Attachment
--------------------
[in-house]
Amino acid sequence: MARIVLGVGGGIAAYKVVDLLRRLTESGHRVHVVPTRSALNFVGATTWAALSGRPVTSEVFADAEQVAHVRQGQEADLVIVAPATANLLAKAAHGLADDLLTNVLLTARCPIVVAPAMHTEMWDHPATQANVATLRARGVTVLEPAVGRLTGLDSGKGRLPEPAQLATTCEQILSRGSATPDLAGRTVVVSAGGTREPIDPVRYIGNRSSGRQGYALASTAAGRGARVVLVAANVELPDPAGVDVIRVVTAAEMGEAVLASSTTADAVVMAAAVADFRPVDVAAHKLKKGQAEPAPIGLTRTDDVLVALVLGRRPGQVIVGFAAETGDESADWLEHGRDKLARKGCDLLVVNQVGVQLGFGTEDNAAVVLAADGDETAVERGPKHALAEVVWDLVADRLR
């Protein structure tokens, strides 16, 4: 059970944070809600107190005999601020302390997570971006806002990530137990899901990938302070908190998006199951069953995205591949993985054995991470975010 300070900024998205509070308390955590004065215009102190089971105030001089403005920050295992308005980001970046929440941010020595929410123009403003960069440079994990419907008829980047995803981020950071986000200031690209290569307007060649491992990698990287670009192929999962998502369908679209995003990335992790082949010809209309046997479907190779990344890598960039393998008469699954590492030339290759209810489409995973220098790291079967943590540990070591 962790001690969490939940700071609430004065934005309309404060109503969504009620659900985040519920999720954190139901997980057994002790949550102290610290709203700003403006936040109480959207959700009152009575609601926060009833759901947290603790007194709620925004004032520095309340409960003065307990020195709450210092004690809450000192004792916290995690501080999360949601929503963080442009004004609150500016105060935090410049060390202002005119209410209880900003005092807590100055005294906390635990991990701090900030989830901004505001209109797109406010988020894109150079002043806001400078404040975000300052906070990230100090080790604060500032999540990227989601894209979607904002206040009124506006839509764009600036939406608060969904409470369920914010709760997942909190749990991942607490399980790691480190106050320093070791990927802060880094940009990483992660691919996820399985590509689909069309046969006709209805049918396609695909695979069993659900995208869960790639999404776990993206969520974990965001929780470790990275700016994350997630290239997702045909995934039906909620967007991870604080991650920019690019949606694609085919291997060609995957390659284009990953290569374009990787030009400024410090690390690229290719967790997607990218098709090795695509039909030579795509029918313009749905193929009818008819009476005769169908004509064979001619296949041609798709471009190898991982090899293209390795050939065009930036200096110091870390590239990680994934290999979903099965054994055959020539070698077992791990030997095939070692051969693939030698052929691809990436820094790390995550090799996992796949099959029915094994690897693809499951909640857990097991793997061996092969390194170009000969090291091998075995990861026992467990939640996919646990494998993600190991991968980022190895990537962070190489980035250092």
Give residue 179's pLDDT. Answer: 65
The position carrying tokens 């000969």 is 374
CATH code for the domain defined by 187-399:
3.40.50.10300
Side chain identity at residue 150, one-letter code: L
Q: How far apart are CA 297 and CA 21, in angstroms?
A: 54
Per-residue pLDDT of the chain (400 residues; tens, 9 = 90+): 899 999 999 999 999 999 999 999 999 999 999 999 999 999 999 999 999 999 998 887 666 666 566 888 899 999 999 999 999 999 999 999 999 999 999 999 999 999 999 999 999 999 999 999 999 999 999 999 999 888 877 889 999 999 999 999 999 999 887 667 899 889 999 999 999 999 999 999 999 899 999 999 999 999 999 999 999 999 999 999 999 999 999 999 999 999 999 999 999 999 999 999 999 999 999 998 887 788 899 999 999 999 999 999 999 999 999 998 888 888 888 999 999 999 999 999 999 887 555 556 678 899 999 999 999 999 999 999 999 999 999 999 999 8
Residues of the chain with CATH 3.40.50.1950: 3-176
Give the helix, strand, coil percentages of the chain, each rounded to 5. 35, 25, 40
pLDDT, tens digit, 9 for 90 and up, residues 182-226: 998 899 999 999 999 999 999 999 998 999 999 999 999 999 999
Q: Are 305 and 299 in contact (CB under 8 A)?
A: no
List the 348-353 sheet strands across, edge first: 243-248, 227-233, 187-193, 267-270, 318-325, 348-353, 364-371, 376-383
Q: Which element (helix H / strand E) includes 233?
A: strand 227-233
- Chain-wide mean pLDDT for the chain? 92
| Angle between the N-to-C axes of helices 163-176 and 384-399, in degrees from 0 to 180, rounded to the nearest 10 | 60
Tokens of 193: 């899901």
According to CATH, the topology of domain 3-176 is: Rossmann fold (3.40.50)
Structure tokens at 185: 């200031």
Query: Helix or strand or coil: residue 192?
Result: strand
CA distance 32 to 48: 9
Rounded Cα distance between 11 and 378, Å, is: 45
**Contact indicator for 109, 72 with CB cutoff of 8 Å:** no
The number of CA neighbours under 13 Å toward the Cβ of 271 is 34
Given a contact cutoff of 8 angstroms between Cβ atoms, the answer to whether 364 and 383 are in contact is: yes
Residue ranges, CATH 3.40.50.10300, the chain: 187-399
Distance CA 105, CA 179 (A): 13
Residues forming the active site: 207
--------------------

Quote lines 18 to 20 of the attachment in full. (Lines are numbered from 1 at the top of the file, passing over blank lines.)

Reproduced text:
Q: Which element (helix H / strand E) includes 233?
A: strand 227-233
- Chain-wide mean pLDDT for the chain? 92